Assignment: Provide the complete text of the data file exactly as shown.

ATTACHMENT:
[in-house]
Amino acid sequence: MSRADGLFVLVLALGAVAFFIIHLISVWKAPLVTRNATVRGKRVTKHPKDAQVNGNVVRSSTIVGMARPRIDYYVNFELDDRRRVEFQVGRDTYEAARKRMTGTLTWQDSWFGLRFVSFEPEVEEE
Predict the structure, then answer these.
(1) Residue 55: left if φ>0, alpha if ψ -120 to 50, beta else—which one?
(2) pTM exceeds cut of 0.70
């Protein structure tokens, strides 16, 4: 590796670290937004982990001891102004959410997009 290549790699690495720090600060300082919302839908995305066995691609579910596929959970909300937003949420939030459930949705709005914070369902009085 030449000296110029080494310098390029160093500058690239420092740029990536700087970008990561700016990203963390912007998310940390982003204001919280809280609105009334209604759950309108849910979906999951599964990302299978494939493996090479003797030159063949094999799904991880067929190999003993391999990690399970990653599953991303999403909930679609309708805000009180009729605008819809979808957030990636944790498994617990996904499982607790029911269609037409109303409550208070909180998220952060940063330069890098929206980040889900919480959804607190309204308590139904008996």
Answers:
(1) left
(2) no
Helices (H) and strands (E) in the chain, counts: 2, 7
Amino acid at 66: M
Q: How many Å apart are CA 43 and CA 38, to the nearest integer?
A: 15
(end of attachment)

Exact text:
[in-house]
Amino acid sequence: MSRADGLFVLVLALGAVAFFIIHLISVWKAPLVTRNATVRGKRVTKHPKDAQVNGNVVRSSTIVGMARPRIDYYVNFELDDRRRVEFQVGRDTYEAARKRMTGTLTWQDSWFGLRFVSFEPEVEEE
Predict the structure, then answer these.
(1) Residue 55: left if φ>0, alpha if ψ -120 to 50, beta else—which one?
(2) pTM exceeds cut of 0.70
């Protein structure tokens, strides 16, 4: 590796670290937004982990001891102004959410997009 290549790699690495720090600060300082919302839908995305066995691609579910596929959970909300937003949420939030459930949705709005914070369902009085 030449000296110029080494310098390029160093500058690239420092740029990536700087970008990561700016990203963390912007998310940390982003204001919280809280609105009334209604759950309108849910979906999951599964990302299978494939493996090479003797030159063949094999799904991880067929190999003993391999990690399970990653599953991303999403909930679609309708805000009180009729605008819809979808957030990636944790498994617990996904499982607790029911269609037409109303409550208070909180998220952060940063330069890098929206980040889900919480959804607190309204308590139904008996």
Answers:
(1) left
(2) no
Helices (H) and strands (E) in the chain, counts: 2, 7
Amino acid at 66: M
Q: How many Å apart are CA 43 and CA 38, to the nearest integer?
A: 15